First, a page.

Bengaluru, February 18: From being just sellers of defence equipment, foreign firms must evolve into strategic partners as India wants their technology, skills, systems integration and manufacturing strength, Prime Minister rendra Modi said here on Wednesday. “From sellers, foreign firms must turn into strategic partners and use India as part of their global supply chain,” Modi said at the iugural ceremony of the Aero India trade expo in this tech hub.
Noting that defence budgets the world over were shrinking, Modi said in his brief address to the gathering, which included defence ministers and air chiefs of a dozen countries from the world over, adding that the country’s frugal manufacturing and engineering services sector could help foreign firms reduce costs. “India can also be a base for export to third countries in view of our growing defence partnerships in Asia and beyond. A strong defence industry will not only make us more secure but also more prosperous,” Modi told global aerospace firms participating in the five-day air show at the Yelahanka base of the Indian Air Force (IAF) on the city’s outskirts.
About 600 multitiol and Indian firms, including state-run enterprises, are showcasing their technologies and products in a dozen pavilions spread over 2.5 lakh square metres at the sprawling venue. Of the 110 countries participating in the event, the US is represented in a big way with a 64-member delegation, followed by France with 58 delegates, Britain with 48, Russia with 41 and Israel with 25. Admitting that India had the reputation of being the world’s largest importer of defence equipment, the prime minister, however, said the country would not like to be in that position though imports were inevitable in the military are.
“India being the largest importer of defence equipment may be music to the ears of some of you here, but this is one area where we would not like to be number one,” Modi said. He said that in view of the security challenges in the region, there was a need to increase the country’s defence preparedness by modernizing the defence forces. “We have to equip for the needs of the future, where technology will play a major role. As a tion of a billion people, we have huge requirements for maging interl security,” Modi said.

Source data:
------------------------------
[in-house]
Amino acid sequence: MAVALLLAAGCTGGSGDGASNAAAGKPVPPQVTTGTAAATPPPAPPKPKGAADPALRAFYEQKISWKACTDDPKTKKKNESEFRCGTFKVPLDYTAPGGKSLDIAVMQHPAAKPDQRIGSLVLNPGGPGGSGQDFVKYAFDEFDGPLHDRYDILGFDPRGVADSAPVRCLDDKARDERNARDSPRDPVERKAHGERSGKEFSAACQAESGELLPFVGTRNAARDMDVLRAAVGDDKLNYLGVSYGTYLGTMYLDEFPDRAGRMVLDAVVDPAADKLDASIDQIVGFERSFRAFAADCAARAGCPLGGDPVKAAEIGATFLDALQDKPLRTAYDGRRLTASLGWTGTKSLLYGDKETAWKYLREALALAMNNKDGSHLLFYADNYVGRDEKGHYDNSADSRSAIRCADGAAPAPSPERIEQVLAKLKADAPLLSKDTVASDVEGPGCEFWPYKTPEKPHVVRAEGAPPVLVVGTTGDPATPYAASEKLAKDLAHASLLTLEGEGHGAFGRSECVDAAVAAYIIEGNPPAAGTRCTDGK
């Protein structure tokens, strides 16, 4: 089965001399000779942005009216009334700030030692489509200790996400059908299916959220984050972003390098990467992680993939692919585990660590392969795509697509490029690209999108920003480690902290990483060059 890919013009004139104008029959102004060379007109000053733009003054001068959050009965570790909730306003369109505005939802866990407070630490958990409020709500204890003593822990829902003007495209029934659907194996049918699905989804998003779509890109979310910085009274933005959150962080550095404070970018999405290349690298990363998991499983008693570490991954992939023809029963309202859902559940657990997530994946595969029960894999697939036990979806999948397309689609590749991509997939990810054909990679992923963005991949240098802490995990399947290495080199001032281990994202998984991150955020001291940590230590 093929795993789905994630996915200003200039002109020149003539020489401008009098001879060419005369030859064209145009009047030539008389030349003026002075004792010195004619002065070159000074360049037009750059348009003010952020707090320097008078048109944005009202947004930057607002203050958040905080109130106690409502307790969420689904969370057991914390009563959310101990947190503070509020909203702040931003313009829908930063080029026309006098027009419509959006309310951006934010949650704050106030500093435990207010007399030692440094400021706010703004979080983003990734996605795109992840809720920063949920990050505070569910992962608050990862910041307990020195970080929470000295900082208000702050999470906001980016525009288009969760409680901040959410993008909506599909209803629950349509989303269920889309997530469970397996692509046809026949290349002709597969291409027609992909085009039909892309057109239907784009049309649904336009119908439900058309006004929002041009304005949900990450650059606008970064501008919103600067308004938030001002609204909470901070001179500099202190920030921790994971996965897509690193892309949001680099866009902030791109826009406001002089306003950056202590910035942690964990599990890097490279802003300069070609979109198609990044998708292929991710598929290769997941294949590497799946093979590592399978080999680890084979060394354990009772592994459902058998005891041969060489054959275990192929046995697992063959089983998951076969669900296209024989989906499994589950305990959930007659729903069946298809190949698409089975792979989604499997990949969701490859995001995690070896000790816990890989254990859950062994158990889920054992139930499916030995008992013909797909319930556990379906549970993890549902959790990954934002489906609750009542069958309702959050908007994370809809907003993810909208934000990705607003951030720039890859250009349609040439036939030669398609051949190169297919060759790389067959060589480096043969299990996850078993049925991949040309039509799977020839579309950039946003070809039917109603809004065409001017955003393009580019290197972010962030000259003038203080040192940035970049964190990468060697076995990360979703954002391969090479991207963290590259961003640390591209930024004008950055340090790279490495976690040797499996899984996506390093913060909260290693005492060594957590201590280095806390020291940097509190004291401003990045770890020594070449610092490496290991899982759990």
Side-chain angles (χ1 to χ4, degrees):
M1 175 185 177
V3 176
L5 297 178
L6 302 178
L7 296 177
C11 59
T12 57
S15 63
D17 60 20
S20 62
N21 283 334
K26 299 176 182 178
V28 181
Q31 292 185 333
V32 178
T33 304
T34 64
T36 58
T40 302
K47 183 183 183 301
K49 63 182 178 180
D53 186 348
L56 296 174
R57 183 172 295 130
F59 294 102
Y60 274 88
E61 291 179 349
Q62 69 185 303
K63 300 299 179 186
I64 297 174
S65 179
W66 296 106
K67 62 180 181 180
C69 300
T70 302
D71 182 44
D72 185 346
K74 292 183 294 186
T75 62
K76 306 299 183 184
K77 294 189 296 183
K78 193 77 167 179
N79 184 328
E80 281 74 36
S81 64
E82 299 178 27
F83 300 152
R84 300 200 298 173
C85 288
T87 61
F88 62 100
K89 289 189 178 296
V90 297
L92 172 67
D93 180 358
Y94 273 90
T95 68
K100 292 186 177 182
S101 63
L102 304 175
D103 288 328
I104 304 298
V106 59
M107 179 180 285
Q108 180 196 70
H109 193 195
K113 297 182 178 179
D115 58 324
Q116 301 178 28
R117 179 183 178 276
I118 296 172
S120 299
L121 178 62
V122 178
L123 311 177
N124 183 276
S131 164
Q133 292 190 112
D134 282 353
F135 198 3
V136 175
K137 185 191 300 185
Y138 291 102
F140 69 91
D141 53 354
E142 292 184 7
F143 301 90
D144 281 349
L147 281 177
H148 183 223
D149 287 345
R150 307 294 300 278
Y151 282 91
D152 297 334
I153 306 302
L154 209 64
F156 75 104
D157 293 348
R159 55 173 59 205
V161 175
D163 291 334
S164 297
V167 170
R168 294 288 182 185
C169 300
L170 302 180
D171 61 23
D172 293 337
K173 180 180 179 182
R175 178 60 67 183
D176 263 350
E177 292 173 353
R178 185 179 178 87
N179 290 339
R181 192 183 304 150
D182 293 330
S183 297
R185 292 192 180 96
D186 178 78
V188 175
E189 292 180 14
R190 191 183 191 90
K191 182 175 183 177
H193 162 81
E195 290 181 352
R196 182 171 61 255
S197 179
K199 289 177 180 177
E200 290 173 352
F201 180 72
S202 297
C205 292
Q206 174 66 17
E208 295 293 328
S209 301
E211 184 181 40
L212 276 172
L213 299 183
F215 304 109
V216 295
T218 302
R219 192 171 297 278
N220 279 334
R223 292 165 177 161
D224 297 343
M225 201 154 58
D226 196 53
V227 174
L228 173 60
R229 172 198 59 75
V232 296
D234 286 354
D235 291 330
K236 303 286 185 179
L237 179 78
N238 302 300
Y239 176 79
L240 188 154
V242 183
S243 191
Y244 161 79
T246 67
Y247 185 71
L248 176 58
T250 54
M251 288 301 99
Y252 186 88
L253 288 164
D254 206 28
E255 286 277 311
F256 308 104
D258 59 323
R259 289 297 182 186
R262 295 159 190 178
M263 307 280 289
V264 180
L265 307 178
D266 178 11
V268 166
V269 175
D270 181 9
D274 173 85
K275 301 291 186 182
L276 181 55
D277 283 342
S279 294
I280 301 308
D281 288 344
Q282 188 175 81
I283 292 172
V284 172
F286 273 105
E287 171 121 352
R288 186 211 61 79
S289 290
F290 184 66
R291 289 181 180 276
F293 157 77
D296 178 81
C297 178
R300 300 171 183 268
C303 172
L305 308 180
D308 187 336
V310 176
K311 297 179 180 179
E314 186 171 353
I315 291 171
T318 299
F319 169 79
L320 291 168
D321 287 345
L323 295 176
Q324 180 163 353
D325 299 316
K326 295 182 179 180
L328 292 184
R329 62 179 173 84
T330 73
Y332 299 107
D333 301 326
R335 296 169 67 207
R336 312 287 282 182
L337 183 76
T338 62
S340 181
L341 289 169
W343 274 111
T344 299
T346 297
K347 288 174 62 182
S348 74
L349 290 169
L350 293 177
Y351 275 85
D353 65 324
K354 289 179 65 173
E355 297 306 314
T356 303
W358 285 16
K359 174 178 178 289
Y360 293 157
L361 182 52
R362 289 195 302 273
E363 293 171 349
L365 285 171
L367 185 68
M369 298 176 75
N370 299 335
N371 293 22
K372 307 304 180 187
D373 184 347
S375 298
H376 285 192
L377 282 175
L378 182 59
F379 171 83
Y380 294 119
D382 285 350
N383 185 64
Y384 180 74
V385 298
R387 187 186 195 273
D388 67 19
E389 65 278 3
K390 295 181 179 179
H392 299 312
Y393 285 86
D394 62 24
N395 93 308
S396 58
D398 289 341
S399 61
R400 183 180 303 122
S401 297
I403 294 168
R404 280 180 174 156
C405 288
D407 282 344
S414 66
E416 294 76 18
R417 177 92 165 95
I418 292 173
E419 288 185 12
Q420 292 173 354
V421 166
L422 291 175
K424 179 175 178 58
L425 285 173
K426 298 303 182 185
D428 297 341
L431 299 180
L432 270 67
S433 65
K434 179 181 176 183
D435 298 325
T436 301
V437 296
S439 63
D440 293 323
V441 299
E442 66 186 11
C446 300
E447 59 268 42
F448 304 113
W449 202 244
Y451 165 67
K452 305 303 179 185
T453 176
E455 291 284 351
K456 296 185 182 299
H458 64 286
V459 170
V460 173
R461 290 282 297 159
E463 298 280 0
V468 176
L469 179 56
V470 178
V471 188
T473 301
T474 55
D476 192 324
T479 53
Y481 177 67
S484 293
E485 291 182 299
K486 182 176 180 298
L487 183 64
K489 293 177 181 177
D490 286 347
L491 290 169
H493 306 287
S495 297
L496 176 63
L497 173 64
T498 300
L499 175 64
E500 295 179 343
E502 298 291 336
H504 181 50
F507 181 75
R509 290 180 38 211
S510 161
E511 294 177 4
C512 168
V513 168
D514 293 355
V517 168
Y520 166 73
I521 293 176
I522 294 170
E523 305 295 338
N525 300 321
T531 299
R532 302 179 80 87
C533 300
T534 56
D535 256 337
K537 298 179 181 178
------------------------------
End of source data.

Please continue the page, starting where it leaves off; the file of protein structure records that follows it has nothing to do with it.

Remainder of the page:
Terming the 10th edition of the biennial air show as the largest ever, reflecting the country’s new confidence level and global interest in India, Modi said the trade expo was a mega-meeting of the global supply chains, with the most advanced technology and equipment. “For me, this (Aero India) is not just a trade fair for defence equipment, but a platform to launch our defence manufacturing sector. A tion with a strong defence industry can not only be more secure, but also reap rich economic benefits,” Modi said, delivering his 20-minute address in English.
Pointing out that India was spending tens of billions of dollars on acquisitions from abroad, which accounts for 60 percent of the defence equipment, Modi said even 20-25 percent reduction in imports would create an additiol 120,000 skilled jobs in the country. “If we can raise the percentage of domestic procurement to 70 percent from 40 percent, in the next five years, we will double the output in our defence industry and create thousands of jobs in the manufacturing and services sector,” Modi said.
Increasing localisation has also spin-off benefits on other sectors in terms of advanced materials and technologies. “We are focusing on developing our defence industry with a sense of mission with Make in India programme at the heart. We are also reforming our defence procurement policies and procedures, with a clear preference for equipment manufactured in India,” Modi added. Aero India got off to a flying start with a spectacular display of India’s air prowess and daring aerobatics by fighters, helicopters and transport aircraft. Modi and about 1,000 invitees were treated to thrilling aerial feats by different types of aircraft, including the indigenous Tejas light combat aircraft (LCA), Sukhoi SU-30MKI, Mirage-2000, Jaguar and the Hawk advanced jet trainer (AJT). French aerospace major Dassault Aviation flew its Rafale medium multi-role combat aircraft to demonstrate its awesome strike force as the IAF has short-listed the MMRCA for induction in its frontline fleet in place of the ageing Soviet-era MiG-21. The IAF pilots also flew the Dhruv advanced light helicopter (ALH) as the Sarang aerobatics team, the Boeing C-17 Globemaster-III heavy-lift transport and the Russian-made Ilyushin-76 transport aircraft. Daring feats by Flying Bulls of Czech Republic, AeroSuper Baltics and Aerowind Services from Britain, Scandivian air show team Wasp and Open Skydiving of the US Special Forces drew cheers from the spectators.
In all, 72 military aircraft are on flying and static display at the air show, including P8-A maritime reconissance aircraft and KC-135 tanker of Boeing and EMB-145 Embraer from Brazil. In addition, 17 types of civil aircraft, including business jets and helicopters are on display for hard-selling in the growing Indian aviation market. The state-run defence exhibition organisation has chosen the ‘Make in India’ programme of the government as the event’s theme to pitch for overseas investments in designing, developing and manufacturing aerospace products and platforms for the global military and civil aviation markets, especially in the Indian sub-continent. (IANS)